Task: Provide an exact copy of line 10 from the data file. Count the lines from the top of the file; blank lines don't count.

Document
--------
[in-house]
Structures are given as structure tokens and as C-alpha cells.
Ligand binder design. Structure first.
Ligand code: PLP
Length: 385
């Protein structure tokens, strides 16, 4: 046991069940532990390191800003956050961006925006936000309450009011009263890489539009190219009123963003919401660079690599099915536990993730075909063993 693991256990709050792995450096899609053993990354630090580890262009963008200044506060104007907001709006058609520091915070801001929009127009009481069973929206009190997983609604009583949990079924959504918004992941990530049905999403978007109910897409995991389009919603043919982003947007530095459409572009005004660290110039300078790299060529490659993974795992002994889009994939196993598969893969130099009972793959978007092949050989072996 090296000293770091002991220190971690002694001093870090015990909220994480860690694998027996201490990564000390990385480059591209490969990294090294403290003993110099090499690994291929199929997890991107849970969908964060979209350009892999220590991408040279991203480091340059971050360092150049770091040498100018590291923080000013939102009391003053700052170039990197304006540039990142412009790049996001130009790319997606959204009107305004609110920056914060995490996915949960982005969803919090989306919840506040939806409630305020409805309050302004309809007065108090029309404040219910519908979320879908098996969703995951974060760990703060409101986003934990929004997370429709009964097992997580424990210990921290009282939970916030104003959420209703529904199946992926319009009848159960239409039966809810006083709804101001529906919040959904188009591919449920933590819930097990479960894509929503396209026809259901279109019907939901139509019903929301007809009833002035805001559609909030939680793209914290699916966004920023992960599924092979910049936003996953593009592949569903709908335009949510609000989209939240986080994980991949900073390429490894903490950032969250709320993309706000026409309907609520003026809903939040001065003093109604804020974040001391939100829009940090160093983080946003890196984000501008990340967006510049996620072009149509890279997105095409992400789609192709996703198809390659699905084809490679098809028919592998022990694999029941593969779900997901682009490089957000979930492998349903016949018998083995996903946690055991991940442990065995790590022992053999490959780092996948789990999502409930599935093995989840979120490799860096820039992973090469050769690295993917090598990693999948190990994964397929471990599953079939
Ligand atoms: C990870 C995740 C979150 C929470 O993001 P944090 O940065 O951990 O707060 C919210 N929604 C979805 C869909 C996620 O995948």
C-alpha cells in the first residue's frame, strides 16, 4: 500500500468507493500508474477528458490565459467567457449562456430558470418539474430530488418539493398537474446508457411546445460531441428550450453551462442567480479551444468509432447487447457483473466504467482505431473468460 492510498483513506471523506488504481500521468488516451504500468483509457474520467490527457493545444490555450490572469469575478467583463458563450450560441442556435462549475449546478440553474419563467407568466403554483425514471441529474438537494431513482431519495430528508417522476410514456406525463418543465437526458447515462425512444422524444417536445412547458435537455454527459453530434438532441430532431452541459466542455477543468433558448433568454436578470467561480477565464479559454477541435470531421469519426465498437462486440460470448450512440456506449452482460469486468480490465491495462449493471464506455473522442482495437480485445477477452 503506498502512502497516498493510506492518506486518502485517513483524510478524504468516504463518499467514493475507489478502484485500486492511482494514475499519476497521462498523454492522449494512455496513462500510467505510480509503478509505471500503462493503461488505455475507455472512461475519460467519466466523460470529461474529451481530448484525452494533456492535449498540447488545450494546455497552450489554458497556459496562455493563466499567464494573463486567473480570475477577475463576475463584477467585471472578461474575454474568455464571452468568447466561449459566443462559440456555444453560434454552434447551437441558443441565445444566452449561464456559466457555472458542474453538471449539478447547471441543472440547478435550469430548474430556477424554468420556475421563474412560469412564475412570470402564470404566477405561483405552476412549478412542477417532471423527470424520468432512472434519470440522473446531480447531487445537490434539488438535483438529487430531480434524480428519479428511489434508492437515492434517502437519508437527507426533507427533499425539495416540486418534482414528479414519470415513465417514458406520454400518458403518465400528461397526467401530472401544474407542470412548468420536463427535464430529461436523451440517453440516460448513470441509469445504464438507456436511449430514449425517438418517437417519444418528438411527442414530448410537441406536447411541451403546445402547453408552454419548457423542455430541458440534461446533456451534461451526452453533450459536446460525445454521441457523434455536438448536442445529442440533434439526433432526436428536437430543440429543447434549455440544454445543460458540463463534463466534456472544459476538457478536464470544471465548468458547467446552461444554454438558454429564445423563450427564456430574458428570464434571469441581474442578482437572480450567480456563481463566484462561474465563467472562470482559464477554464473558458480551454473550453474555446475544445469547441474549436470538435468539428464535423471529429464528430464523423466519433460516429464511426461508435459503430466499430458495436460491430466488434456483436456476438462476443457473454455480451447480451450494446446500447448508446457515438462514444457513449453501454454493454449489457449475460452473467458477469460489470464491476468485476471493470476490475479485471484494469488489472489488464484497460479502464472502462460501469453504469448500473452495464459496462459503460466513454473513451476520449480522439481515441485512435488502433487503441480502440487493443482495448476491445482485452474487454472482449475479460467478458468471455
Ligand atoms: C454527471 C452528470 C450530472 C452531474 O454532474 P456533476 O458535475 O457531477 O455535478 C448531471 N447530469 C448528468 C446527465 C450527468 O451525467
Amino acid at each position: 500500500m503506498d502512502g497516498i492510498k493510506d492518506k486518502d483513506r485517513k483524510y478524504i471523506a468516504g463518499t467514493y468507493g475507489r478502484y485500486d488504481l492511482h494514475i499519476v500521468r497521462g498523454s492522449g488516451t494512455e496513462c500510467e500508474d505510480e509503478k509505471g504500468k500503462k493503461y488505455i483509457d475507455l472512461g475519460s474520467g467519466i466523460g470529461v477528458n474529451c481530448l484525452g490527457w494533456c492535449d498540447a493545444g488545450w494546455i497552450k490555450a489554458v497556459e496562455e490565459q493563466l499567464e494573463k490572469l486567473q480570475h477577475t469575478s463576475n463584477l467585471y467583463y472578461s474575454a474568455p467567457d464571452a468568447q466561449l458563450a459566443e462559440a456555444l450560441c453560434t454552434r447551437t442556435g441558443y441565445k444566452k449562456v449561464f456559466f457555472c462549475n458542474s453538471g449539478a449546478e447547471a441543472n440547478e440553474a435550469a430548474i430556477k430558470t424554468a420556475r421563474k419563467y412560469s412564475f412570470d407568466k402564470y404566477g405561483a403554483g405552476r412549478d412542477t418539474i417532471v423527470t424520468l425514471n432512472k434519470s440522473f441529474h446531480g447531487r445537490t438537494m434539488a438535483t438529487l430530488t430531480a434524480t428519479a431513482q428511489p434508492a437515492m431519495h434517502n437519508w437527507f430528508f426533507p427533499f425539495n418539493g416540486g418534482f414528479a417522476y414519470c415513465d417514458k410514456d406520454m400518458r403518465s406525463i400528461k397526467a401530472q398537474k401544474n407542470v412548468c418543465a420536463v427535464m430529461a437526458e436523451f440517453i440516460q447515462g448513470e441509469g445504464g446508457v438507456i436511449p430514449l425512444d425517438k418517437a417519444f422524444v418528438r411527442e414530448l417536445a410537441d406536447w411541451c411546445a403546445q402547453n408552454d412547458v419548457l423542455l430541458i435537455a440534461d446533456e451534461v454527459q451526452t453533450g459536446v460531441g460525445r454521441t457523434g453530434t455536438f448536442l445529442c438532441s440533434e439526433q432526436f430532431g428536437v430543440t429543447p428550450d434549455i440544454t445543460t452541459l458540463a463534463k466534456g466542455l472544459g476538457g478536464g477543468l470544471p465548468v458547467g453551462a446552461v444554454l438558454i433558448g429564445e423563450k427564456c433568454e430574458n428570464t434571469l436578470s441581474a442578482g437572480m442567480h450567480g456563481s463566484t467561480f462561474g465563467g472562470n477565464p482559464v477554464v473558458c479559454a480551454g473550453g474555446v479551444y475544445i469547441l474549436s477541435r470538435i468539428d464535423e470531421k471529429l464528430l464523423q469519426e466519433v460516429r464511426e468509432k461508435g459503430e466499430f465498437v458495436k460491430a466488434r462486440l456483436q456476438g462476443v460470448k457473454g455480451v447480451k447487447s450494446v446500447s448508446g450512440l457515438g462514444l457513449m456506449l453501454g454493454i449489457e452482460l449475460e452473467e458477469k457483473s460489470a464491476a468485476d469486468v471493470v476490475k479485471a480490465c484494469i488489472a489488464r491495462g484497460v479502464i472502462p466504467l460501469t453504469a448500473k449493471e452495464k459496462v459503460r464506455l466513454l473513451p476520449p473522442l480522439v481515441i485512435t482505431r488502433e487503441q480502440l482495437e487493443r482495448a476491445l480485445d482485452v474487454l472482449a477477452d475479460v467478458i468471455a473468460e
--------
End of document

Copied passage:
Amino acid at each position: 500500500m503506498d502512502g497516498i492510498k493510506d492518506k486518502d483513506r485517513k483524510y478524504i471523506a468516504g463518499t467514493y468507493g475507489r478502484y485500486d488504481l492511482h494514475i499519476v500521468r497521462g498523454s492522449g488516451t494512455e496513462c500510467e500508474d505510480e509503478k509505471g504500468k500503462k493503461y488505455i483509457d475507455l472512461g475519460s474520467g467519466i466523460g470529461v477528458n474529451c481530448l484525452g490527457w494533456c492535449d498540447a493545444g488545450w494546455i497552450k490555450a489554458v497556459e496562455e490565459q493563466l499567464e494573463k490572469l486567473q480570475h477577475t469575478s463576475n463584477l467585471y467583463y472578461s474575454a474568455p467567457d464571452a468568447q466561449l458563450a459566443e462559440a456555444l450560441c453560434t454552434r447551437t442556435g441558443y441565445k444566452k449562456v449561464f456559466f457555472c462549475n458542474s453538471g449539478a449546478e447547471a441543472n440547478e440553474a435550469a430548474i430556477k430558470t424554468a420556475r421563474k419563467y412560469s412564475f412570470d407568466k402564470y404566477g405561483a403554483g405552476r412549478d412542477t418539474i417532471v423527470t424520468l425514471n432512472k434519470s440522473f441529474h446531480g447531487r445537490t438537494m434539488a438535483t438529487l430530488t430531480a434524480t428519479a431513482q428511489p434508492a437515492m431519495h434517502n437519508w437527507f430528508f426533507p427533499f425539495n418539493g416540486g418534482f414528479a417522476y414519470c415513465d417514458k410514456d406520454m400518458r403518465s406525463i400528461k397526467a401530472q398537474k401544474n407542470v412548468c418543465a420536463v427535464m430529461a437526458e436523451f440517453i440516460q447515462g448513470e441509469g445504464g446508457v438507456i436511449p430514449l425512444d425517438k418517437a417519444f422524444v418528438r411527442e414530448l417536445a410537441d406536447w411541451c411546445a403546445q402547453n408552454d412547458v419548457l423542455l430541458i435537455a440534461d446533456e451534461v454527459q451526452t453533450g459536446v460531441g460525445r454521441t457523434g453530434t455536438f448536442l445529442c438532441s440533434e439526433q432526436f430532431g428536437v430543440t429543447p428550450d434549455i440544454t445543460t452541459l458540463a463534463k466534456g466542455l472544459g476538457g478536464g477543468l470544471p465548468v458547467g453551462a446552461v444554454l438558454i433558448g429564445e423563450k427564456c433568454e430574458n428570464t434571469l436578470s441581474a442578482g437572480m442567480h450567480g456563481s463566484t467561480f462561474g465563467g472562470n477565464p482559464v477554464v473558458c479559454a480551454g473550453g474555446v479551444y475544445i469547441l474549436s477541435r470538435i468539428d464535423e470531421k471529429l464528430l464523423q469519426e466519433v460516429r464511426e468509432k461508435g459503430e466499430f465498437v458495436k460491430a466488434r462486440l456483436q456476438g462476443v460470448k457473454g455480451v447480451k447487447s450494446v446500447s448508446g450512440l457515438g462514444l457513449m456506449l453501454g454493454i449489457e452482460l449475460e452473467e458477469k457483473s460489470a464491476a468485476d469486468v471493470v476490475k479485471a480490465c484494469i488489472a489488464r491495462g484497460v479502464i472502462p466504467l460501469t453504469a448500473k449493471e452495464k459496462v459503460r464506455l466513454l473513451p476520449p473522442l480522439v481515441i485512435t482505431r488502433e487503441q480502440l482495437e487493443r482495448a476491445l480485445d482485452v474487454l472482449a477477452d475479460v467478458i468471455a473468460e